Blog by Steve Laug
After all the tough restoration jobs I have been doing lately I wanted to take a breather and do an easy restore. In the box of pipes, that my brother sent there was one that fit the need perfectly. It was one of my favorite shapes, had some interesting grain and needed minimal work. Thanks to my brother Jeff, it was astonishingly clean, and smelled the same! I have missed his help on the last batch I have been working on. When he does the cleanup, it cuts my work by 2/3’s and I have the pleasure of working on a clean pipe. This Rhodesian was very clean. The first set of photos is what the pipe looked like before he did his magic. When the pipe arrived in Vancouver I was really happy with what I found. The bowl was hardly darkened inside. The finish was gone, and though there were fills, they were not the ugly pink ones that I usually find in pipes of this era. There was some slight rim darkening on the rear left side of the rim. The stem was lightly oxidized and there were light tooth marks and chatter on both the top and underside of the stem near the button. The next photos show what the pipe looked like before I started my restoration. I took close up photos of the bowl and the rim top to show how clean it was. You can also see the fills on the front of the bowl. I actually started working on it this morning before I left for work. There was no dread attached to working on this one. There were no surprises under the grime or finish. There were no cracks of major issues with the bowl. It is a sweet pipe.The close up photos of the stem show the light oxidation and the tooth marks and chatter. They are not deep so they will not be hard to work on.I sanded the oxidation, tooth marks and chatter with 220 grit sandpaper until they were removed. It did not take too much sanding to smooth out the surface of the stem. There was a small nick on the top inner edge of the button that may need to be repaired. I will look at that after I have polished the stem more.The nick in the button disappeared as I cleaned and reshaped the button. I polished the stem with micromesh sanding pads – wet sanding with 1500-2400 grit pads and dry sanding with 3200-12000 grit pads. After each set of three pads I rubbed the stem down with Obsidian Oil. After the 12000 grit pad I gave it a final coat of oil and set it aside to dry. I polished the briar with micromesh pads – wet sanding with 1500-2400 grit pads and dry sanding with 3200-12000 grit pads. The briar responded really well to the polishing and the fills began to disappear into the grain of the briar. They are still visible but they no longer stand out as they did when I started. At this point I think I will leave the finish natural and waxed instead of staining it. Just because it is a habit for me I did a cursory cleaning of the inside of the pipe and stem with alcohol, cotton swabs and pipe cleaners and it was as clean as I expected. There was nothing left to clean out. It was spotless.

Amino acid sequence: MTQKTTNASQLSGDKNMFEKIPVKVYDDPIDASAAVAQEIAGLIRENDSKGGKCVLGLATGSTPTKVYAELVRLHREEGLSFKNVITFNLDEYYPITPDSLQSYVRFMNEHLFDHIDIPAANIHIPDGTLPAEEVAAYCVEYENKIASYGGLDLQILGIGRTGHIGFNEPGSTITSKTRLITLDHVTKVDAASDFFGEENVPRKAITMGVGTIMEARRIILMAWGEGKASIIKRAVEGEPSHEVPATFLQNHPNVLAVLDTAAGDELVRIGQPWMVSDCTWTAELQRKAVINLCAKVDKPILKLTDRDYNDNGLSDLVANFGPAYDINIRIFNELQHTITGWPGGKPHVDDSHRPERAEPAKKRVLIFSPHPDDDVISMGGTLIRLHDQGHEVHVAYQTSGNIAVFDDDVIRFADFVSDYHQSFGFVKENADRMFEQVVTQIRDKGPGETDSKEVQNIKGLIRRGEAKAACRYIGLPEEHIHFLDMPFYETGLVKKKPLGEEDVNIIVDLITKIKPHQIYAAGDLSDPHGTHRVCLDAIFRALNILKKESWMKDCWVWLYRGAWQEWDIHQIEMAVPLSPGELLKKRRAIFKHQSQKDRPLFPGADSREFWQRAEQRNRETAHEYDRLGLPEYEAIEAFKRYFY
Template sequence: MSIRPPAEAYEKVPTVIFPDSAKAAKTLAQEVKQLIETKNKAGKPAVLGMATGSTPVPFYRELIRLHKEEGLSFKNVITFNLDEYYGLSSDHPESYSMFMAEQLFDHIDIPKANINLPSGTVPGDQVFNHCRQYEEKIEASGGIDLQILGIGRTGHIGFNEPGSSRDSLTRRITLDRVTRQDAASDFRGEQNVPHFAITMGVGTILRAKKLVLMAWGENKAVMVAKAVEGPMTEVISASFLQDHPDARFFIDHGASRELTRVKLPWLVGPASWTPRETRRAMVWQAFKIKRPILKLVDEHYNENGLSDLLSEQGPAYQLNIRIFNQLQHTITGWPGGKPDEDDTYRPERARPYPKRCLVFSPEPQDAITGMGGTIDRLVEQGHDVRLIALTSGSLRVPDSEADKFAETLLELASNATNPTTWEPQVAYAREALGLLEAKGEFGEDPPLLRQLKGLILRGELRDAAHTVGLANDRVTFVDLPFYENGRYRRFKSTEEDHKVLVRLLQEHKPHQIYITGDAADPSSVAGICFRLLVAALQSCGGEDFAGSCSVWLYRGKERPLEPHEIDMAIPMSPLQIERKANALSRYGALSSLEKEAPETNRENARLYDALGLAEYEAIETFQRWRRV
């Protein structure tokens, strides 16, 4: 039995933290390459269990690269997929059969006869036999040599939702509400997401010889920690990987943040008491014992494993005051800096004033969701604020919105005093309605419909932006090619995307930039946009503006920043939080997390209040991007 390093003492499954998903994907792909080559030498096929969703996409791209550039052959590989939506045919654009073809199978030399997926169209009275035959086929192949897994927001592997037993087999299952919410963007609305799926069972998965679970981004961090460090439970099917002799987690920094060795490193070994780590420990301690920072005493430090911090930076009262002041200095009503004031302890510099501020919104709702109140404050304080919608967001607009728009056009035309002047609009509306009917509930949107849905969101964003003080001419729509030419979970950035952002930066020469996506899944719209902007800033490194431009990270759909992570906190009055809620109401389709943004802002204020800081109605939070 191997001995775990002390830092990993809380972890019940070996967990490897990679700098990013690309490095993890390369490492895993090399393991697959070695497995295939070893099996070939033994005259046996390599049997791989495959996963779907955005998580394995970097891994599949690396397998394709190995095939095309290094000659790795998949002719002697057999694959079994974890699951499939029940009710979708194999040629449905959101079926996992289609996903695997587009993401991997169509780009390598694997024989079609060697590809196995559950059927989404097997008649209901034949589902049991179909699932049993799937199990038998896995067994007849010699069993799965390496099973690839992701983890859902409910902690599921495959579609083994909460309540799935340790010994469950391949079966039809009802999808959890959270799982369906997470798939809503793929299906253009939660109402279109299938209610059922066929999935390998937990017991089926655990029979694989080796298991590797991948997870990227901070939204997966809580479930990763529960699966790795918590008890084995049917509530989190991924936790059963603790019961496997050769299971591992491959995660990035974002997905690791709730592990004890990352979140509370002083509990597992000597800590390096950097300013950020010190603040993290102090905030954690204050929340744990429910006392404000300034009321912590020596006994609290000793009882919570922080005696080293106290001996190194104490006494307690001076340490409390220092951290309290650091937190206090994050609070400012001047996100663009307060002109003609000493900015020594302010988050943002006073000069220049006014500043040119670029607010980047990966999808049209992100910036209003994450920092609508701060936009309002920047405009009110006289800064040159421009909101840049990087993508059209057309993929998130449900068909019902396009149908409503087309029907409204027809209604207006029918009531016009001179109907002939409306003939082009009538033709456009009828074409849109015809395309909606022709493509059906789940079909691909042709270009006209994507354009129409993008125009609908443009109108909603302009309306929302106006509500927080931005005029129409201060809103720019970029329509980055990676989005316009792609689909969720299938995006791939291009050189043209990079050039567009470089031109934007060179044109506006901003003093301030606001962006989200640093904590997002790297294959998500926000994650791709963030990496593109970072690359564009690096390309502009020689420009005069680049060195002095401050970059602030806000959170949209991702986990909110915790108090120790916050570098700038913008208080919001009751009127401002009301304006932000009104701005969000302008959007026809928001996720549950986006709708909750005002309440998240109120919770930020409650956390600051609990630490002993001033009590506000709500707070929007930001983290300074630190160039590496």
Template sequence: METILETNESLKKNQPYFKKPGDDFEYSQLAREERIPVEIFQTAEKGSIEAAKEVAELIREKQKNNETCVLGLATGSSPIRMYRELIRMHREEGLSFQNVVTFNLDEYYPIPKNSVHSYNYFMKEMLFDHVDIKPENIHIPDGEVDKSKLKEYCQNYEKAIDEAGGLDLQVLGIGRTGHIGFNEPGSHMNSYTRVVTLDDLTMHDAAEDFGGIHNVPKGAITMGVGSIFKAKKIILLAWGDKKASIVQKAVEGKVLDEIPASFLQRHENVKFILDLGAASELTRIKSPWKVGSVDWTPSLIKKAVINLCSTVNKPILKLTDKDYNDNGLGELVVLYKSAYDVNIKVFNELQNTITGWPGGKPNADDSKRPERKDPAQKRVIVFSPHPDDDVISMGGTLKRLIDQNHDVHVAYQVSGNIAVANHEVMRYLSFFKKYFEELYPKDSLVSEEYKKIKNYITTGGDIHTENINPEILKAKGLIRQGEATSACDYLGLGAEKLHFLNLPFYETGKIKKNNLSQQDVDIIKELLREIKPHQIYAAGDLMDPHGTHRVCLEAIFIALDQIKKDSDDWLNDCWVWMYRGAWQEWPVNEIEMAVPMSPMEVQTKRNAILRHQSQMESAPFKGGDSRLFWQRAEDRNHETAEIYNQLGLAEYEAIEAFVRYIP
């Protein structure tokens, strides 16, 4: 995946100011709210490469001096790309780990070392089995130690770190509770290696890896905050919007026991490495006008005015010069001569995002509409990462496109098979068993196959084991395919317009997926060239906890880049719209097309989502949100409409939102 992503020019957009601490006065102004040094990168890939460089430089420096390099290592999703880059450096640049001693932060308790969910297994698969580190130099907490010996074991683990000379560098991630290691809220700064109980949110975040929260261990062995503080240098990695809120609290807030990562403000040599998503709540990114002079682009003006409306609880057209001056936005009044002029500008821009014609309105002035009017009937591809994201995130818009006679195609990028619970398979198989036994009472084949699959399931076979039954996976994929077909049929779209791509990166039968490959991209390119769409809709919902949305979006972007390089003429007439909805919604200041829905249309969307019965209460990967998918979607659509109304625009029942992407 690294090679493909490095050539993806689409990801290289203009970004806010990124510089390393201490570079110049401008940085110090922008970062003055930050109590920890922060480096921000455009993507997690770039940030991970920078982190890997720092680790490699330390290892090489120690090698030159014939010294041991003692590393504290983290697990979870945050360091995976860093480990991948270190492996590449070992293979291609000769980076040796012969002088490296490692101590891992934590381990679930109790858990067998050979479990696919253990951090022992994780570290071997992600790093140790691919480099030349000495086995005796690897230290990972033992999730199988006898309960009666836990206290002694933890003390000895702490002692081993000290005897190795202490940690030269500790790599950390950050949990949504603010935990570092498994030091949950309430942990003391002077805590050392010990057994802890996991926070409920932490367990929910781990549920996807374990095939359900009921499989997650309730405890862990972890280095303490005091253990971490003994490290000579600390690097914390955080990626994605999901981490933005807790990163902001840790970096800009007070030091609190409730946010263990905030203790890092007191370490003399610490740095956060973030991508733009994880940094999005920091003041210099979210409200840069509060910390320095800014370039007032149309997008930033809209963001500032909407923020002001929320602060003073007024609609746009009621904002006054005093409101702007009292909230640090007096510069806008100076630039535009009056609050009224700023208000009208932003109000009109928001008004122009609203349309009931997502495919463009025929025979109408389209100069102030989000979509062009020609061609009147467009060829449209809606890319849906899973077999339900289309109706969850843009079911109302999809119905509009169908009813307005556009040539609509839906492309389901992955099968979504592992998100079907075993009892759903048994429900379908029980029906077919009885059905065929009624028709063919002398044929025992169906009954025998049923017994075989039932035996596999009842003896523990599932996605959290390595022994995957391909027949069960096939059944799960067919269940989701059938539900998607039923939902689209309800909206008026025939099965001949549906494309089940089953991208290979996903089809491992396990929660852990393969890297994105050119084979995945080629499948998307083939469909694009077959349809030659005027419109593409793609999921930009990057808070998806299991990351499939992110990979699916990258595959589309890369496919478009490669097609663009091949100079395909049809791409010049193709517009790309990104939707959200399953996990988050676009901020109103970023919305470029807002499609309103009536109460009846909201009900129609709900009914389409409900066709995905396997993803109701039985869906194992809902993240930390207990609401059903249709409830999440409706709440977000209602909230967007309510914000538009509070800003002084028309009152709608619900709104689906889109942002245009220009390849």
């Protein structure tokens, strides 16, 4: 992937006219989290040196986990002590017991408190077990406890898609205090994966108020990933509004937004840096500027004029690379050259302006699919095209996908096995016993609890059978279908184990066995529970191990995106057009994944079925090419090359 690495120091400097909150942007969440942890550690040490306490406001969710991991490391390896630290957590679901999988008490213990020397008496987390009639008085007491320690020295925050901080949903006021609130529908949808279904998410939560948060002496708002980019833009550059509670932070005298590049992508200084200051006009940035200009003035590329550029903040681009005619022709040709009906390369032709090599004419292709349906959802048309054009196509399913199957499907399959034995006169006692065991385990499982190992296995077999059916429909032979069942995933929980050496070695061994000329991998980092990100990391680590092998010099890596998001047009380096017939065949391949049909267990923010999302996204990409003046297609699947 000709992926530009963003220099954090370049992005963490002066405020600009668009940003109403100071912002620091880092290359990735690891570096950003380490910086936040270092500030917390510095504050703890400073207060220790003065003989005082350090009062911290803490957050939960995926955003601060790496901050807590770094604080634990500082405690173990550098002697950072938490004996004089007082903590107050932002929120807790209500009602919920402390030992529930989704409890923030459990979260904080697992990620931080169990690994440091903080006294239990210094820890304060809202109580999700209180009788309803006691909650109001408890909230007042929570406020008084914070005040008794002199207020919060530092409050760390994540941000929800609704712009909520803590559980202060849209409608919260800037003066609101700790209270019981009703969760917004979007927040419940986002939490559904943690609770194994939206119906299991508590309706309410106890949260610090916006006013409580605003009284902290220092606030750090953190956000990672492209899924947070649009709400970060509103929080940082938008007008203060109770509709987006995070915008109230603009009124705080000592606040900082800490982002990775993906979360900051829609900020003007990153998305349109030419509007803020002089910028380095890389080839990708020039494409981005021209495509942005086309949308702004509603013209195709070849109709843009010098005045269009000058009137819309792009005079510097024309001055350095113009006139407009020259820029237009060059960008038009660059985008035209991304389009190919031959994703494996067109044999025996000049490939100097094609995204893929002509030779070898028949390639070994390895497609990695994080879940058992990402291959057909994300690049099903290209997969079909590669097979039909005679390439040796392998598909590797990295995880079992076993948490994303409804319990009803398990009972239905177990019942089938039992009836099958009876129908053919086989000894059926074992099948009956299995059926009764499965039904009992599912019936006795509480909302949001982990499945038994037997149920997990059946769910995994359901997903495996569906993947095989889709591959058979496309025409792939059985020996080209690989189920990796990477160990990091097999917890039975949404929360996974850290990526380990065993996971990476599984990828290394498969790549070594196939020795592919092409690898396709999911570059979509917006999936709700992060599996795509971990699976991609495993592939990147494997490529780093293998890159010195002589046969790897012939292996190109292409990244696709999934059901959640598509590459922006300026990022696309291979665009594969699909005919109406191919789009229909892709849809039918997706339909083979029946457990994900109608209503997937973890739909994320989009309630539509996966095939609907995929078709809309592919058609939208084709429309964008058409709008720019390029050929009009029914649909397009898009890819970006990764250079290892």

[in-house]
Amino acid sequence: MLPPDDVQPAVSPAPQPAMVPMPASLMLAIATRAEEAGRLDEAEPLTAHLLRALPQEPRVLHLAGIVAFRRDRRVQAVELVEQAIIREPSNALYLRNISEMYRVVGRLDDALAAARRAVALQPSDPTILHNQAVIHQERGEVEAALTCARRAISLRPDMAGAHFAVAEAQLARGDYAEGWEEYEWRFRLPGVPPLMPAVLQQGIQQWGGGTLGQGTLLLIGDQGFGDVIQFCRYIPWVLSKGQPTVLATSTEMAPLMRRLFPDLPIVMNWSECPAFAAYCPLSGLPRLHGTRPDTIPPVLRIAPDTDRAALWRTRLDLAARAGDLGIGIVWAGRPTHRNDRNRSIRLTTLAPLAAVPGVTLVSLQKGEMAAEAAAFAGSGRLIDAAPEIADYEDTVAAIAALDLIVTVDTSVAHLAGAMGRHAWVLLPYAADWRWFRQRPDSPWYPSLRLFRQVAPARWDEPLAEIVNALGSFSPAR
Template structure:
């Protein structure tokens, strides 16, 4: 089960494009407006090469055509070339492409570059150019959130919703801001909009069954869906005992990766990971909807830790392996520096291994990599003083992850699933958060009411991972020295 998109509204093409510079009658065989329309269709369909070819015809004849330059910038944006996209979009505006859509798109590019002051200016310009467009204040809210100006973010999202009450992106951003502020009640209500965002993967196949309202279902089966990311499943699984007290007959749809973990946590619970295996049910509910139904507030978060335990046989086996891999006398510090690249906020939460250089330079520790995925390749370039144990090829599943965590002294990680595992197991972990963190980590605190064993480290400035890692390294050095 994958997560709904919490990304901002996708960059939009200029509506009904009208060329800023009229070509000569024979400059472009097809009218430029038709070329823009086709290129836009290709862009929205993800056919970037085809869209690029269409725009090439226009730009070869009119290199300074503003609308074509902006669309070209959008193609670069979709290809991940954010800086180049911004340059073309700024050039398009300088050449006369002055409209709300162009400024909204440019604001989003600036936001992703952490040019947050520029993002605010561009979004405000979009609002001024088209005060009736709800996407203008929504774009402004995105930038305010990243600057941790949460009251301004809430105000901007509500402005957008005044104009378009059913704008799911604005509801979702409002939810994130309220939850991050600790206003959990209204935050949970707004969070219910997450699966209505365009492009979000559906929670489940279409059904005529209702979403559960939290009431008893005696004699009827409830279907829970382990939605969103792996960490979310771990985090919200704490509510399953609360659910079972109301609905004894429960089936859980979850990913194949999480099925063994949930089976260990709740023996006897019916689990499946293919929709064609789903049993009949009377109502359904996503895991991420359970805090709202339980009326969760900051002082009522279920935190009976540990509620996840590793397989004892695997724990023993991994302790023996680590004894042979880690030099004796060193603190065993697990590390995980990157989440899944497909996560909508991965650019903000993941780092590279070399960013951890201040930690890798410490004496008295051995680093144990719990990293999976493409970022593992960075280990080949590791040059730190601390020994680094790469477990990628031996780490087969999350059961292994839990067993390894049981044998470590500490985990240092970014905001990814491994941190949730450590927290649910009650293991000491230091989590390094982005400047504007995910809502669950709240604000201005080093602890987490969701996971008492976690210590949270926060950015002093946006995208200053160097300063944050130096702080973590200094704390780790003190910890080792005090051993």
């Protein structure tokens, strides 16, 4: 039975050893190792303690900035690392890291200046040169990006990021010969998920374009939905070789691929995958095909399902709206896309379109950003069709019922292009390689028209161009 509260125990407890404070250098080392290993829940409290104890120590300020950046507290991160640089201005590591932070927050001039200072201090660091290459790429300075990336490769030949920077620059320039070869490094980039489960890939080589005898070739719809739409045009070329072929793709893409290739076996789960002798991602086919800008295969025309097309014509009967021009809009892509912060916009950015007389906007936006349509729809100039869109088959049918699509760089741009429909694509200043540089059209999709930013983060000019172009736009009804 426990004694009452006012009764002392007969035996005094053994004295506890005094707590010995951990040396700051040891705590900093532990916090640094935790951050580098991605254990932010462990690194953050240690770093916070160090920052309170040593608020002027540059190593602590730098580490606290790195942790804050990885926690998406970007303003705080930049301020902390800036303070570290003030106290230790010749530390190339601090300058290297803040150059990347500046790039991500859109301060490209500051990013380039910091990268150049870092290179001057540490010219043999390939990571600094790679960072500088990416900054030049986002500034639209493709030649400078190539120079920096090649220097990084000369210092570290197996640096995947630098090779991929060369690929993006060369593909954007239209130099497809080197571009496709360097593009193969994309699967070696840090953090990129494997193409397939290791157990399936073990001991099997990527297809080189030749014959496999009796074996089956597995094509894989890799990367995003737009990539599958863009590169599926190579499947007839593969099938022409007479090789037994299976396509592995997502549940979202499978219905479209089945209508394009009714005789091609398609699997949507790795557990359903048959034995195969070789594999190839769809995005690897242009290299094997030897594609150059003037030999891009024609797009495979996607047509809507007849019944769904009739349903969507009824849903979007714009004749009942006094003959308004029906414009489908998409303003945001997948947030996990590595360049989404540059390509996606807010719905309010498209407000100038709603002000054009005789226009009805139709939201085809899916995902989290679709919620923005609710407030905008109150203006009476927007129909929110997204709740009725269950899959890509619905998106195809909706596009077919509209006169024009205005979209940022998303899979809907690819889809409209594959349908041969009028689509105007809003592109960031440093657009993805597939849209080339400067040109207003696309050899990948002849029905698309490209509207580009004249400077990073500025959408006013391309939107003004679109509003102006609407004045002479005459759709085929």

Because the grain looked so good and I did not find the fills to be too distracting I decided to leave the pipe unstained. I liked the look of the briar and new it would colour with time and smoking. To give the bowl a little life I wiped it down with a light coat of olive oil and put the stem back on the shank. I buffed the entire pipe with Blue Diamond polish on the buffing wheel to remove the last remnants of scratching. I gave it multiple coats of carnauba wax and buffed it with a clean buffing pad to raise the shine. I finished by hand buffing it with a microfibre cloth to deepen the shine. The pipe is shown in the photos below. I really like the way it looks. For a factory made pipe the way the shape follows the grain is pretty amazing. Thanks for looking.